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Former interim Conservative leader Candice Bergen steps down as MP

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Member of Parliament and former interim Conservative leader Candice Bergen has resigned her seat in the House of Commons.

Bergen, 58, has represented the Manitoba riding of Portage—Lisgar since 2008. She served as interim leader of the Conservatives and leader of the Opposition from February to September 2022. Prior to that, she served as deputy leader of the Conservatives.

In a video posted to Twitter Wednesday, Bergen said she has submitted a letter of resignation, “ending an incredible and very fulfilling 14 years.”

Bergen thanked her constituents, family, volunteers, staff and political colleagues “on both sides of the aisle, regardless of your political stripe.”

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Bergen announced in September of last year that she would not seek reelection. Pierre Poilievre replaced her as Conservative leader that month.

Bergen did not give a specific reason for her resignation and did not mention any future plans.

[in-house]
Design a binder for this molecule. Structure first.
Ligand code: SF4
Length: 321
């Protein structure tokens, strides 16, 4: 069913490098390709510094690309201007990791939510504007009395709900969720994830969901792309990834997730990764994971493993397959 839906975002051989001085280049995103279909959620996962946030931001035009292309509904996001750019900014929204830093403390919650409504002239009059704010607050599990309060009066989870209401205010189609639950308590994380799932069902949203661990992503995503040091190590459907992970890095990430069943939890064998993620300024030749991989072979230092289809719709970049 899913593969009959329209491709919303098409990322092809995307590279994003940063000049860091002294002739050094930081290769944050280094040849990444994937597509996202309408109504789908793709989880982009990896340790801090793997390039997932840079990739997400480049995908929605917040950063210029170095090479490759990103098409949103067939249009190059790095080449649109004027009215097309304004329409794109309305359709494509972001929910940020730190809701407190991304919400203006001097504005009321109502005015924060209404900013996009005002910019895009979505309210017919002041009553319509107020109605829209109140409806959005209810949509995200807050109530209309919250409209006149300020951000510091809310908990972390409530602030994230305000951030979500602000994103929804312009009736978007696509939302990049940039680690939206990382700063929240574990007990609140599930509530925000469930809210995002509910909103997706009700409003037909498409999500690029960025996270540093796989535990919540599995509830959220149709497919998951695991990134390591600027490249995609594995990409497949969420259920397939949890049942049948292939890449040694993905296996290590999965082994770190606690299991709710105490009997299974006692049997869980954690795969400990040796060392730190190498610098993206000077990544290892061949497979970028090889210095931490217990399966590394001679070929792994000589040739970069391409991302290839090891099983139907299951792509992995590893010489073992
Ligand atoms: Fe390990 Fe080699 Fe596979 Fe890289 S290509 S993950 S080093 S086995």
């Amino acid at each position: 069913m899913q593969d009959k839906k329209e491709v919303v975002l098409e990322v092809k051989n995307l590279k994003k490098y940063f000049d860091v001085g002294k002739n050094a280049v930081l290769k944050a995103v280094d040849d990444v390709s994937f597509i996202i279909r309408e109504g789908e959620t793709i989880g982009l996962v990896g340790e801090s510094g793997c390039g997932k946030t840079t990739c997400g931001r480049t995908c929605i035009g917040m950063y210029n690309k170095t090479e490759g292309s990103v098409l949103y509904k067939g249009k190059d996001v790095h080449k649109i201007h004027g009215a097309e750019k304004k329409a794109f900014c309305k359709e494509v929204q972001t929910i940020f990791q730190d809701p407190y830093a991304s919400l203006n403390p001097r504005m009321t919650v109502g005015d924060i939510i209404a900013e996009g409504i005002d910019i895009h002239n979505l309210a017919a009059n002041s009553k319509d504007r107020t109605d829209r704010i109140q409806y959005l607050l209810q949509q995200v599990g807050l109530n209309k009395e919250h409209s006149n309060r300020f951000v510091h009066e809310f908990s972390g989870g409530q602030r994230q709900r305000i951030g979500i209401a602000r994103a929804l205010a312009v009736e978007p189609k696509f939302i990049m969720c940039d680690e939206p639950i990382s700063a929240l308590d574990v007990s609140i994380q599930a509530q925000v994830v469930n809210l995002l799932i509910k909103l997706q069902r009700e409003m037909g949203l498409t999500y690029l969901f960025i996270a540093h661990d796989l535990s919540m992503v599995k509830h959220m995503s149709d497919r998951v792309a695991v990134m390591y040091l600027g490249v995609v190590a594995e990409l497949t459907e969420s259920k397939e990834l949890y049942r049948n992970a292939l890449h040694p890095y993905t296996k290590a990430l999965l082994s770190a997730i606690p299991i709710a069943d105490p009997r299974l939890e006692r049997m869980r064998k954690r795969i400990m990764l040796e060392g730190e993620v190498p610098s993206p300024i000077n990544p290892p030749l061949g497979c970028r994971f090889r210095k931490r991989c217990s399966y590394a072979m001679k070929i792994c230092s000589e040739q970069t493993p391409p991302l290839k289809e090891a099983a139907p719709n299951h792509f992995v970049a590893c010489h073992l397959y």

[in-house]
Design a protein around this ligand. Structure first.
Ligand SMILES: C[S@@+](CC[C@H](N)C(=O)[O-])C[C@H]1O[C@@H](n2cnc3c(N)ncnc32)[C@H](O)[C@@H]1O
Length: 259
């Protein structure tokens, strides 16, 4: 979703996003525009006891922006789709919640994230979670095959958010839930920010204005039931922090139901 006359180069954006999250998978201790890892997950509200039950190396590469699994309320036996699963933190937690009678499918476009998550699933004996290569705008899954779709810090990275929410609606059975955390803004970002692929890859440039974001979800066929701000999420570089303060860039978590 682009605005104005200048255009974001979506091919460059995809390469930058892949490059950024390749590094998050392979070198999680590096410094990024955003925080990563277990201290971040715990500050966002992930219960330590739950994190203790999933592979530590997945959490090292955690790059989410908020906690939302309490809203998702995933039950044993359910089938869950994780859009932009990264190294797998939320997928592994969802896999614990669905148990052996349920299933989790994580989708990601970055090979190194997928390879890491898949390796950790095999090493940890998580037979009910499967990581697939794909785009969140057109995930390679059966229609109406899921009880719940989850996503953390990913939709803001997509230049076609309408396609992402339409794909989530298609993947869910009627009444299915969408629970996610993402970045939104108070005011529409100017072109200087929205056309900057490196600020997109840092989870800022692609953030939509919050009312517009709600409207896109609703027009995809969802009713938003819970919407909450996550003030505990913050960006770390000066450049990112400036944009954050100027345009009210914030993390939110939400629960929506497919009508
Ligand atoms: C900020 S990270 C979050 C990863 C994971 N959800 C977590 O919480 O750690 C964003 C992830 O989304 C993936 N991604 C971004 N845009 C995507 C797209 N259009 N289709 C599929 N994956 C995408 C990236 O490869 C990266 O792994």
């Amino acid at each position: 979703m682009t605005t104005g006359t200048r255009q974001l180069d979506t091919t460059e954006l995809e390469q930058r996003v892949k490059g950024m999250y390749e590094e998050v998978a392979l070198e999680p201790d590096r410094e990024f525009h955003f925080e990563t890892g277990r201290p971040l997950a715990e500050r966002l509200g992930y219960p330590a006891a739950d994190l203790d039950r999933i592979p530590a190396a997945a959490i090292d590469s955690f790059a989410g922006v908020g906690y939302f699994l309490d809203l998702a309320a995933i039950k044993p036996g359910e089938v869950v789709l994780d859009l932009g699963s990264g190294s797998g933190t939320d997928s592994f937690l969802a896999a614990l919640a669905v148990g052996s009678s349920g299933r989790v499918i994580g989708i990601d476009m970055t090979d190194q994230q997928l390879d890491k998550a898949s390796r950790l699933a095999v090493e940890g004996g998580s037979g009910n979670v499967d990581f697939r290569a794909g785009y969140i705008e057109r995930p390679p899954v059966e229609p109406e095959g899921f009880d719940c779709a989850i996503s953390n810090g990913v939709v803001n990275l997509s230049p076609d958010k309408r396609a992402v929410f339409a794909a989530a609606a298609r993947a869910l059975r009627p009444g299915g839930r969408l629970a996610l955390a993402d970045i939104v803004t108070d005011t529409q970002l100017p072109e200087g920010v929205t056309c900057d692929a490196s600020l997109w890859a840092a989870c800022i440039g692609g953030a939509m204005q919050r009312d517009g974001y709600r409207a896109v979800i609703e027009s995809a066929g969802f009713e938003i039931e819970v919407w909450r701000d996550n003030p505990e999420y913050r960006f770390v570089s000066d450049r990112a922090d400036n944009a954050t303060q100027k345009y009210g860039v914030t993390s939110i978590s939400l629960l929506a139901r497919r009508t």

“I’m choosing to leave now not because I’m tired or I’ve run out of steam. In fact, it’s the exact opposite,” she said in the video.

“I feel hopeful and re-energized. Hopeful for our strong and united Conservative Party, and our caucus, under the courageous and principled leadership of my friend, Pierre Poilievre.”

Bergen ended her goodbye message on a hopeful note.

“With God’s grace and God’s help, I believe that the best is yet to come. Thank you so much Portage—Lisgar, and thank you Canada.”

The Toronto Star was the first to report the story.

“On behalf of the Conservative Party of Canada, thank you Candice for your leadership, your devotion to our Conservative movement and your service to the people of Portage—Lisgar, and all Canadians,” Poilievre said in a tweet Wednesday.

The news means there will be a byelection in Portage—Lisgar to replace Bergen.

Manitoba Finance Minister Cameron Friesen announced last week that he’d step down as an MLA to seek the federal Conservative nomination in the riding.

The death of MP Jim Carr late last year set up a byelection in another Manitoba riding — Winnipeg South Centre. The Alberta riding of Calgary Heritage and the Ontario riding of Oxford are also up for byelections later this year.

“I thank her for her many years of service,” Prime Minister Justin Trudeau said of Bergen in a media scrum Wednesday.